And of course someone else pointed out this helps give a book an IDENTITY again. Writing to a specific title.

I'm all for it.


Finally, a blog you need to see this year: A Moment of Moore, every daily printing a scene by Alan Moore. Beautiful.

Happy New Year, everyone.
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Nazi Thor Fans F**k Off [Dec. 16th, 2010|04:43 pm]
Geoffrey D. Wessel
Yeah, that's right.

Some White Supremacist group calling itself the "Council of Conservative Citizens" (Link redirects to the Southern Poverty Law Center's listing as to why this is a hate group) has called for a boycott of Marvel's upcoming Thor movie on the basis of casting Black, English actor Idris Elba (Stringer Bell from The Wire) as the god Heimdall.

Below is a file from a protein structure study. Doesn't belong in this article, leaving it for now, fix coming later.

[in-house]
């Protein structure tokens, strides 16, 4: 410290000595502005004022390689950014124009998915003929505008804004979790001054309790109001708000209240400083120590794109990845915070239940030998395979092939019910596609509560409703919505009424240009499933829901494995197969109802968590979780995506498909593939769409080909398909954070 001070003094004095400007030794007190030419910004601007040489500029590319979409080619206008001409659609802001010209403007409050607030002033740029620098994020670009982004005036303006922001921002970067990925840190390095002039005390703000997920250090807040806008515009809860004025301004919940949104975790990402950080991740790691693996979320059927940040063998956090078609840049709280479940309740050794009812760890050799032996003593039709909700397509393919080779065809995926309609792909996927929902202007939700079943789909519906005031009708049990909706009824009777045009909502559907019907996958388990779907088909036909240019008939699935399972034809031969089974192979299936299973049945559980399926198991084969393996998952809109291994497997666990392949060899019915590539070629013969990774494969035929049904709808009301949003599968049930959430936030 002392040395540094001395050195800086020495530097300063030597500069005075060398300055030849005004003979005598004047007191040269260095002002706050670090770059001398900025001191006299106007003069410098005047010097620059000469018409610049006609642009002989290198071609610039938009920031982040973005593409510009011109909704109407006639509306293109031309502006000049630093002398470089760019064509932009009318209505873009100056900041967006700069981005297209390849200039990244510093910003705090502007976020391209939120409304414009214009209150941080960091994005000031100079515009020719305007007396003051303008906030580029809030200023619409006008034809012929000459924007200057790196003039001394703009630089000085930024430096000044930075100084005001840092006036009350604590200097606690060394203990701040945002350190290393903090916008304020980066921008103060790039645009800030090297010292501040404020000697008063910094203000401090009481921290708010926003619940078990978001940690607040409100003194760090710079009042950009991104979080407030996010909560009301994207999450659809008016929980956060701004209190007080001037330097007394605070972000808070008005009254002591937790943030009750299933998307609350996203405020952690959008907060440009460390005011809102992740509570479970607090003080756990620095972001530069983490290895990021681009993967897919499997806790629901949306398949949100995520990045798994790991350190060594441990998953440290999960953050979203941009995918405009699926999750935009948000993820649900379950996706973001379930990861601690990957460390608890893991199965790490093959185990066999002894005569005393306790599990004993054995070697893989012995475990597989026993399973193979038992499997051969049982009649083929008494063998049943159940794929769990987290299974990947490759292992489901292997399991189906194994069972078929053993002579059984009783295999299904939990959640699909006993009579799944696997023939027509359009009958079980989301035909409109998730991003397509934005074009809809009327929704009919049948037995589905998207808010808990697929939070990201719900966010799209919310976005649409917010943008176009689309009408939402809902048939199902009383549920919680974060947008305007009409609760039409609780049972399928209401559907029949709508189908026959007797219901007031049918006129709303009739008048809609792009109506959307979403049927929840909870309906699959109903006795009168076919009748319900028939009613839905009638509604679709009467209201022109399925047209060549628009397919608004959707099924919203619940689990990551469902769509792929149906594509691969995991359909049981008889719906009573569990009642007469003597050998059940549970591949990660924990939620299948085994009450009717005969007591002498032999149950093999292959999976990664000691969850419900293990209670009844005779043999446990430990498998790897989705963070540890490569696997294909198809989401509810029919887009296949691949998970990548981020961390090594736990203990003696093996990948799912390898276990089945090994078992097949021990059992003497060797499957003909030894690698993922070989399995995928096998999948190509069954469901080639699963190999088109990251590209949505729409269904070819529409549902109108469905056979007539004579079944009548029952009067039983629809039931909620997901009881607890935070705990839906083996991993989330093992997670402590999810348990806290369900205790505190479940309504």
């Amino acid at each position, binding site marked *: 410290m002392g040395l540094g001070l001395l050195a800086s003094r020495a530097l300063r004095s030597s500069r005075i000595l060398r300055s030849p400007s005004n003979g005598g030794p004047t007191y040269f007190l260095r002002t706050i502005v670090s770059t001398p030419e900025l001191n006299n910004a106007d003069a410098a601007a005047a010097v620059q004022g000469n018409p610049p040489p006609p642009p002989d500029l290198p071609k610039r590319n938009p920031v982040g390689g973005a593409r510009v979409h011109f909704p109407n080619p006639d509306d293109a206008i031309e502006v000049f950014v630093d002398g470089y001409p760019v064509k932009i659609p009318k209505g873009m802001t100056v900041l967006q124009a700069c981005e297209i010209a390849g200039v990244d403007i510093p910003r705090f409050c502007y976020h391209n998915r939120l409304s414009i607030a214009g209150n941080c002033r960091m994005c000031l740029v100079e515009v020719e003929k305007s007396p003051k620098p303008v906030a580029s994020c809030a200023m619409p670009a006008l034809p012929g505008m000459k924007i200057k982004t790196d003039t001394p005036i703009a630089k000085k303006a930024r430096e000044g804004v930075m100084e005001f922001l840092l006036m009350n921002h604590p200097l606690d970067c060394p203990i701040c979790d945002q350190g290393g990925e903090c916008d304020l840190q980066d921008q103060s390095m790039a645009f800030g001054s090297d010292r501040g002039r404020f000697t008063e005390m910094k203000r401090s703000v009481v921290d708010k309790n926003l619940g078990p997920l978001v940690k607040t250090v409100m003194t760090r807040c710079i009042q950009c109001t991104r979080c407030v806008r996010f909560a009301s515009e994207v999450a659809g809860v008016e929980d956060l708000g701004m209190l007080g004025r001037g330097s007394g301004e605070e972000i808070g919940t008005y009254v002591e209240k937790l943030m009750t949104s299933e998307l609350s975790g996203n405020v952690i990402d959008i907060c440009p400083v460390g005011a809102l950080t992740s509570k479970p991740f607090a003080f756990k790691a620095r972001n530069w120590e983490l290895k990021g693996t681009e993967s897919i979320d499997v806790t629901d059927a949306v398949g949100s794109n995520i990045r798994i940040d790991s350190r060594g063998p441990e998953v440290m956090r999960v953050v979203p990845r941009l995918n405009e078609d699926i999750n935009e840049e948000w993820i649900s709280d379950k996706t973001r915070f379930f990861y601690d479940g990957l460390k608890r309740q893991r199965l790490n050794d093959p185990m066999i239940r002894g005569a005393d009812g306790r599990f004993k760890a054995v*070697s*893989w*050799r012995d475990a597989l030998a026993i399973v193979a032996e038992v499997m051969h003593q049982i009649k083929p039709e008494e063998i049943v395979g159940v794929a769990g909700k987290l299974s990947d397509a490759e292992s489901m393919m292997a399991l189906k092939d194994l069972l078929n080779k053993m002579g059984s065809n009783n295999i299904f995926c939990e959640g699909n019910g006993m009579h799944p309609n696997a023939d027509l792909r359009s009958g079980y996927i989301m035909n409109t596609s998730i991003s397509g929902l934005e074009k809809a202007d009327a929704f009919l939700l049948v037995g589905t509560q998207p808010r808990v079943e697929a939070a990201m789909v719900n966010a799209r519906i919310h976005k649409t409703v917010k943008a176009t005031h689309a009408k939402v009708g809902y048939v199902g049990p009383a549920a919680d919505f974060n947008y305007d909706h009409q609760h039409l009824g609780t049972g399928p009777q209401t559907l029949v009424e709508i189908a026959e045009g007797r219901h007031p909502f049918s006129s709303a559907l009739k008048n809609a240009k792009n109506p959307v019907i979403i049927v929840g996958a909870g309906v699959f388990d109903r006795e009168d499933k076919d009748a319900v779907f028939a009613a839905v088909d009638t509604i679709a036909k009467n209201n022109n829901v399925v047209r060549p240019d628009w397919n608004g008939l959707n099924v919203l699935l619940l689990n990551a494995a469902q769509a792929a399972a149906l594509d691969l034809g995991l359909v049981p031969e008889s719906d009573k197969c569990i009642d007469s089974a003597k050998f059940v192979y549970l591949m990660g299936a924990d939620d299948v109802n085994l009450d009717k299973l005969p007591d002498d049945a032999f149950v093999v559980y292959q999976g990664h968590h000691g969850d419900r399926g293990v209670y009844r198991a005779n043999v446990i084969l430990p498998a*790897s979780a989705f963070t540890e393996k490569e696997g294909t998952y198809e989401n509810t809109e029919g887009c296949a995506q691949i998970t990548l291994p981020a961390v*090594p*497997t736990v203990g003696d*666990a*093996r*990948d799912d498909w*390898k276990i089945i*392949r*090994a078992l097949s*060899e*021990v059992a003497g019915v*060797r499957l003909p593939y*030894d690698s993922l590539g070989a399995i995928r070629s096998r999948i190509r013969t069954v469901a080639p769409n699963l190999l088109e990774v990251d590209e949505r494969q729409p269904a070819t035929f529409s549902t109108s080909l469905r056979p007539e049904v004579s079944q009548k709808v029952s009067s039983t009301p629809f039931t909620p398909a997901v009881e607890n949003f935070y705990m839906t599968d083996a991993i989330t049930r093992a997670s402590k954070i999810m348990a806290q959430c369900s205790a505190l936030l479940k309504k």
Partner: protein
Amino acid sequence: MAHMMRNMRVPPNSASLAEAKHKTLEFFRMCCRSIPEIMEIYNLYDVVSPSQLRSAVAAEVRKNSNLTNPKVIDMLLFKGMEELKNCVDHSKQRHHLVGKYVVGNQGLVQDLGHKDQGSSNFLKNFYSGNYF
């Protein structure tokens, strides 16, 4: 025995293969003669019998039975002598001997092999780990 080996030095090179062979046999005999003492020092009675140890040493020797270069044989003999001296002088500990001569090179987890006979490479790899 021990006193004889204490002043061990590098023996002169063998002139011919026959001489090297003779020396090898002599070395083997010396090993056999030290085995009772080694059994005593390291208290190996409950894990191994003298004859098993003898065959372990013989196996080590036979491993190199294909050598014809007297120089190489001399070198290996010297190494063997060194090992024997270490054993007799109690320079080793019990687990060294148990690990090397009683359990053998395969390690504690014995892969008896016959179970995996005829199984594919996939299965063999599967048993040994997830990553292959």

I'd just like to take this opportunity to say "Good riddance." Take your phony Odinism and your backward false agenda and get out. Go do... something else that doesn't involve you not knowing a godsdamned thing about myth, culture, politics or religion.

A news report about this charade here at CBR, and a far more snarky response by Comics Alliance's Andy Khouri here.

I will say I'm glad that this is casting some light on the tendency for White Supremacist groups to adopt a false Odinism/paganism/Asatru/whatever that's come about in recent times. I know shitheads like this take their Teutonic myths very seriously, backwards as they practice it. (I wrote a script about this very tendency, starring the Odinson, for a script tryout a couple of years back.)

But really, go away. Comics, and the Thor movie, doesn't need you. And frankly, nobody will notice.